Imagine a pleasant Saturday morning walk on Mount Maunganui Beach, but instead of the usual natural smells, another odour dominates the air: cannabis.

That was the picture drug addiction worker Darryl Wesley has painted for Tauranga City Council of a New Zealand with legalised marijuana.

The Tauranga man, 51, presented to a council meeting this morning about his opposition towards moves to legalise the drug for recreational use.

A survey of councillors by the Bay of Plenty Times after the meeting found that Wesley was preaching to the choir, with all councillors present opposing legalisation.

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In May the Government announced a referendum would be held next year about whether cannabis should be legalised for personal use, with draft legislation included.

Wesley, who has worked in the drug addiction recovery field for 10 years - five of those in Tauranga - said he had not seen any convincing evidence to support legalisation beyond medical marijuana.

He was not encouraged by the examples of legalisation in Canada and parts of the United States.

Two people he knew who visited those areas recently told him they saw stoned people and frequently smelled dope in public places, in spite of rules against public use.

He also feared an increase in drugged driving - already on the rise in New Zealand - and that shops selling the drug would set up largely in low social economic areas of the city such as Merivale.

He was concerned some older voters did not understand how cannabis had changed from the "Cheech and Chong" weed they may have come across in their youth.

"In the 1960s the THC [tetrahydrocannabinol] content was .3 per cent. By the 80s ... it was 3 per cent and in the 2000s it was 5 per cent."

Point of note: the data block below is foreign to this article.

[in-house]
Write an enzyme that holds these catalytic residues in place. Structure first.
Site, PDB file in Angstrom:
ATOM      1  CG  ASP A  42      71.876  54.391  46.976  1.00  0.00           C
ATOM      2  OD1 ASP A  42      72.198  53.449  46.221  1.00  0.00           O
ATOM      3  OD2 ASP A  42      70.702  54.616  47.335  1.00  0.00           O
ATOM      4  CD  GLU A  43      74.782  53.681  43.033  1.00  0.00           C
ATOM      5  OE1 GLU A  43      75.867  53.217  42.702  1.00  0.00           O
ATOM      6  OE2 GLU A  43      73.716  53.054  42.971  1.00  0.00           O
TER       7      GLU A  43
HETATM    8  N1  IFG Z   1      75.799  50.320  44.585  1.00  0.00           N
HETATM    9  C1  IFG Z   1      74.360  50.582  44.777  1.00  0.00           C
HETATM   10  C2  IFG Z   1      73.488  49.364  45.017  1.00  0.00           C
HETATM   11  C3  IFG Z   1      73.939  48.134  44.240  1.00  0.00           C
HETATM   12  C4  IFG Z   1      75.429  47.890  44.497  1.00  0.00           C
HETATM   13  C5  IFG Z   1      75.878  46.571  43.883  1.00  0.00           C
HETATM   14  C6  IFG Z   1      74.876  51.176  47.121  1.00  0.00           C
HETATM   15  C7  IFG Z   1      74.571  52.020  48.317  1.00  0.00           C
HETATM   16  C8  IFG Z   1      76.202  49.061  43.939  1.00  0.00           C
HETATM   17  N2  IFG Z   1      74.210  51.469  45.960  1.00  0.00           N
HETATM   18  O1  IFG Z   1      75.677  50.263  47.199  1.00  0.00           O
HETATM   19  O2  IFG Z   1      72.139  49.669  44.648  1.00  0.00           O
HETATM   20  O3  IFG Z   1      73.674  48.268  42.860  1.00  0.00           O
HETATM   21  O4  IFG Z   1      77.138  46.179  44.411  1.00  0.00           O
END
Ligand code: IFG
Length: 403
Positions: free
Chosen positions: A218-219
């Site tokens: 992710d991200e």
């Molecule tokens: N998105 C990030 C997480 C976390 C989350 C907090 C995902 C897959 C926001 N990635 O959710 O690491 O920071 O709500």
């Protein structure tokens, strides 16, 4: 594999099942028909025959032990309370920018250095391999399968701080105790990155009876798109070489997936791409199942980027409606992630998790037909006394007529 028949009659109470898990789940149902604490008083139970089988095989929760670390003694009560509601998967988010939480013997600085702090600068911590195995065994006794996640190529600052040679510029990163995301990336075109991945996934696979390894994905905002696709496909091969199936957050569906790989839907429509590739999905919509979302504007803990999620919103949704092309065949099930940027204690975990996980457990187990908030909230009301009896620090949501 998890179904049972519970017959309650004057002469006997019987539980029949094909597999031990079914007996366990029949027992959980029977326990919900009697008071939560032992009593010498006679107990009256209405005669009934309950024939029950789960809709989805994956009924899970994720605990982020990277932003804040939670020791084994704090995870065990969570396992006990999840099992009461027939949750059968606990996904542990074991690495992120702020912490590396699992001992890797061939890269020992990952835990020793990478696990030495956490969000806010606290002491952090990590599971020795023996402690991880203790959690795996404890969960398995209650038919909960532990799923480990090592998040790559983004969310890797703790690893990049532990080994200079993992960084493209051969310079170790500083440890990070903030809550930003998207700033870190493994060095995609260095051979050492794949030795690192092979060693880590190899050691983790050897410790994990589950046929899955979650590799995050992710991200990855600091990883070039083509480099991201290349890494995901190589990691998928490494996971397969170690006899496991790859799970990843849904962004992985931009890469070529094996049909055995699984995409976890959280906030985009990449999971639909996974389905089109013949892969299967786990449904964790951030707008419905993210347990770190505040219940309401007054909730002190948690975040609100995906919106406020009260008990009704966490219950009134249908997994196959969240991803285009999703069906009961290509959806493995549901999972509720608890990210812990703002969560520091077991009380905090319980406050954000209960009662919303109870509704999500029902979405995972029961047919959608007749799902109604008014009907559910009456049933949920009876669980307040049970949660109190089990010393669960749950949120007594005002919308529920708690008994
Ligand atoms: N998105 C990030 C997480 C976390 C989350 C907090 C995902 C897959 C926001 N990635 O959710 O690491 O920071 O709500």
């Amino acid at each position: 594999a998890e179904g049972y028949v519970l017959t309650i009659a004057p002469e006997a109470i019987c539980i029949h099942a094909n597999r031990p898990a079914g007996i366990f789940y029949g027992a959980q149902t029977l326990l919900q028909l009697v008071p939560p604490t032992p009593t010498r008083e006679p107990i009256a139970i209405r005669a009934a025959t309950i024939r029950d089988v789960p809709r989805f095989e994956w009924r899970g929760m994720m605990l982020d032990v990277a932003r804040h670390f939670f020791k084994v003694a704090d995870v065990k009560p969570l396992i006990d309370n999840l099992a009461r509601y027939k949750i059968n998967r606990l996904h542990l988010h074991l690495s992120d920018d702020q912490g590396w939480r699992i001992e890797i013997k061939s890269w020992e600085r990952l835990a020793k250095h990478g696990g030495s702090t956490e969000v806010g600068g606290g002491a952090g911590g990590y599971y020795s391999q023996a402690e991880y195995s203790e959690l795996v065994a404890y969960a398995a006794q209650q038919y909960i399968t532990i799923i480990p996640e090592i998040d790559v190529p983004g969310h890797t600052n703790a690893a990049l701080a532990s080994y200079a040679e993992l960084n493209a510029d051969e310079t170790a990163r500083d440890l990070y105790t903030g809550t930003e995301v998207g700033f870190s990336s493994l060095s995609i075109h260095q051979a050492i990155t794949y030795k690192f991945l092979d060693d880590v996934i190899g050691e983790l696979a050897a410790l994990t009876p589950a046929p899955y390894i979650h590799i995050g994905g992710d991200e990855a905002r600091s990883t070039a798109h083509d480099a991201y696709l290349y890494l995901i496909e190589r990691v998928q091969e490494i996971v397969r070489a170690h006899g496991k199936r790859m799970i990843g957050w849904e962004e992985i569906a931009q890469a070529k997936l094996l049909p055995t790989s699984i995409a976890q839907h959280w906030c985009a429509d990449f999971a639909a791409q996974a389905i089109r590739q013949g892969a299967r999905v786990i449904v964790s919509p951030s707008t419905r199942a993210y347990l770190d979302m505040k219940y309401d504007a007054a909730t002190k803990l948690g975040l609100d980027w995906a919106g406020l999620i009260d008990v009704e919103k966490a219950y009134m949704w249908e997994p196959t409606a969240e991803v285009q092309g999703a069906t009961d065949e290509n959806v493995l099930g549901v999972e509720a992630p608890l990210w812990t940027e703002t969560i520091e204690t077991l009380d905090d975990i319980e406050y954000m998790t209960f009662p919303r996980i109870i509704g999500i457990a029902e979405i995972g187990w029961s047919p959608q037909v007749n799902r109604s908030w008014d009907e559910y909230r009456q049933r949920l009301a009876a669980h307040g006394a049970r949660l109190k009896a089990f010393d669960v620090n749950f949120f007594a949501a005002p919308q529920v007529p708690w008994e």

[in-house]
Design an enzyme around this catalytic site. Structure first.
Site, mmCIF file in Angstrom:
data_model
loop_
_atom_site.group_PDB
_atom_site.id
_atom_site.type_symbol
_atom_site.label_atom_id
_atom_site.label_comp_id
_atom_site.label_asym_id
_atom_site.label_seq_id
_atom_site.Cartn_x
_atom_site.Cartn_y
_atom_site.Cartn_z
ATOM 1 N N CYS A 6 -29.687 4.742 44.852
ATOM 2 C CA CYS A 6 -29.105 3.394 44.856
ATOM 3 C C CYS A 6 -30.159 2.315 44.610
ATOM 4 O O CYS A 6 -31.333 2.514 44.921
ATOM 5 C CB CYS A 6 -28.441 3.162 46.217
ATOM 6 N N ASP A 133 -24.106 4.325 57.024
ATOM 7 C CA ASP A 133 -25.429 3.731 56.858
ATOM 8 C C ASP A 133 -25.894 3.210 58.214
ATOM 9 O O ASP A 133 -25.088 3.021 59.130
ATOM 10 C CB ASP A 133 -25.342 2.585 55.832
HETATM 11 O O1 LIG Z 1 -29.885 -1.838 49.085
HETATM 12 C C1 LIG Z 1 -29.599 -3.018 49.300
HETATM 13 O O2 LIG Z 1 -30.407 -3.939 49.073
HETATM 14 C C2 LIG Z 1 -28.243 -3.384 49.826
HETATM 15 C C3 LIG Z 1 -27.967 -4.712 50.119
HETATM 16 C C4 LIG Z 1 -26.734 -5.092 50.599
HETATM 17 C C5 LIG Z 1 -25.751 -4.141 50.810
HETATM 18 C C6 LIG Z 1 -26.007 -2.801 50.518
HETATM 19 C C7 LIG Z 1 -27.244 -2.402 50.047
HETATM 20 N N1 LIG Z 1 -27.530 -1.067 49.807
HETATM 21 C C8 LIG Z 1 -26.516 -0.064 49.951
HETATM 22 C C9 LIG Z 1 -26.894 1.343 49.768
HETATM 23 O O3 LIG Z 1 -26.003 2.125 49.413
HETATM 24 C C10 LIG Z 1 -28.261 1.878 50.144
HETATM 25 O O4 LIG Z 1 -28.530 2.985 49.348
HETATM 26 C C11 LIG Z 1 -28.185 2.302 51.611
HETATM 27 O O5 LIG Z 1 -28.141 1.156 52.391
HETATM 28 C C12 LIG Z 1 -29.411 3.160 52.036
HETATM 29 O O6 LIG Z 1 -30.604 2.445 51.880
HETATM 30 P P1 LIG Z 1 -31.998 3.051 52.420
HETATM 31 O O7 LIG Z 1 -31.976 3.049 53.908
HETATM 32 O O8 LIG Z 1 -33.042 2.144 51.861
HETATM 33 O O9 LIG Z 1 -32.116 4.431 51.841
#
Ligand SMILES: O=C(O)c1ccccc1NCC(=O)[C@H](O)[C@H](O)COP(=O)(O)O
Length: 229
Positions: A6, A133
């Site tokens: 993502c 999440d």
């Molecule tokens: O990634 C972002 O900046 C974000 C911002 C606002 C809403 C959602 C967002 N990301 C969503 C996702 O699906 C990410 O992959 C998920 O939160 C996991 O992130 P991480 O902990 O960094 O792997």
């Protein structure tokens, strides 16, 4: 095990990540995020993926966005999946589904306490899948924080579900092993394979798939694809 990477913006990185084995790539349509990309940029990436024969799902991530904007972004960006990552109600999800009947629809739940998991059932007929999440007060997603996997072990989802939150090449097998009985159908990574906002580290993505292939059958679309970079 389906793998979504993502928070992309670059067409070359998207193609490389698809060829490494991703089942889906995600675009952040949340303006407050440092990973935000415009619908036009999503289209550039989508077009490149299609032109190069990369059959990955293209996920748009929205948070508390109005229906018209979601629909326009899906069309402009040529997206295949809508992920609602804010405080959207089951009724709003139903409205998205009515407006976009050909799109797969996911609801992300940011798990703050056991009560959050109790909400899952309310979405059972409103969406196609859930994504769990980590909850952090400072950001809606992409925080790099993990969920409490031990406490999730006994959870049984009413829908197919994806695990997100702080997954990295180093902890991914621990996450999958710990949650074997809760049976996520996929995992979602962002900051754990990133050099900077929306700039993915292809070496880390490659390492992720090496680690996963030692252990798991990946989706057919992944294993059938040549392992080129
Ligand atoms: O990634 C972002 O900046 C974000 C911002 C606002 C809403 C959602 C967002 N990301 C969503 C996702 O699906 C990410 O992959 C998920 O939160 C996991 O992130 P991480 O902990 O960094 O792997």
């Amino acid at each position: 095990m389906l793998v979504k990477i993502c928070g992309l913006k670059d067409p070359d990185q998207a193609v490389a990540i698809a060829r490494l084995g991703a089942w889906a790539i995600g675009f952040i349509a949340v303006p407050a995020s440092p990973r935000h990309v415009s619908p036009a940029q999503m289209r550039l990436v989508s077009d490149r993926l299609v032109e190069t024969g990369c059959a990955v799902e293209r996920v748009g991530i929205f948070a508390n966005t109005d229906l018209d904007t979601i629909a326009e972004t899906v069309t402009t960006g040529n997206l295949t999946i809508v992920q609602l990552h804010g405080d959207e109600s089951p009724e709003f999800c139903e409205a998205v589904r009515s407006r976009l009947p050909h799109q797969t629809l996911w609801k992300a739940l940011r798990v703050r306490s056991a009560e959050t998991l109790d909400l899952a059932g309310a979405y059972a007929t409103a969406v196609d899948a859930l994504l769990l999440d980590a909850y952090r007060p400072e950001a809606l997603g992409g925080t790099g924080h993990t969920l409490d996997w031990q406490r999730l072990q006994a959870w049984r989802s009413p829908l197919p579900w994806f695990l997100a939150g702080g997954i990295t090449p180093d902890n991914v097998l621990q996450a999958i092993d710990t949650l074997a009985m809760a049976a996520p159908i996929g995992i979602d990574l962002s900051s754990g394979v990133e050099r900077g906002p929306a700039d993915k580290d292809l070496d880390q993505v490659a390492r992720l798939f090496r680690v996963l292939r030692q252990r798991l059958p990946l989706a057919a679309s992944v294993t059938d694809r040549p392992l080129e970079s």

He said researchers had grown plants up to 12 per cent strength and edible cannabis products such as cannabis gummy bears could have much higher concentrations.

"I'm not the fun police, this product has massive potential for harm.

"People need to be aware what it is we are opening the door to."

While THC content had increased, he said the ingredient most associated with the health benefits of cannabis - cannabidiol or CBD - had stayed at about the same level of roughly .4 per cent.

Wesley, who worked for the Salvation Army but said he was commenting as an individual, called for a debate in Tauranga.

Mayor Greg Brownless - who has previously said he does not support legalising cannabis - said he was worried the Government would pass the buck to councils to decide where stores could be located, meaning councils would end up "being the bad guys".

Councillors and cannabis

Tauranga mayor Greg Brownless is already on the record as having never used cannabis and opposed to legalising it - but what of the rest of the city's elected officials?

The Bay of Plenty Times surveyed councillors and found little support for legalisation, even from those who had a toke or two - or quite a few - in their youth.


Deputy mayor Kelvin Clout

Deputy mayor Kelvin Clout. Photo / File
Deputy mayor Kelvin Clout. Photo / File

Have you used cannabis?

I have never had the desire, nor the need, to partake of cannabis. As I often tell my kids, I am high on life.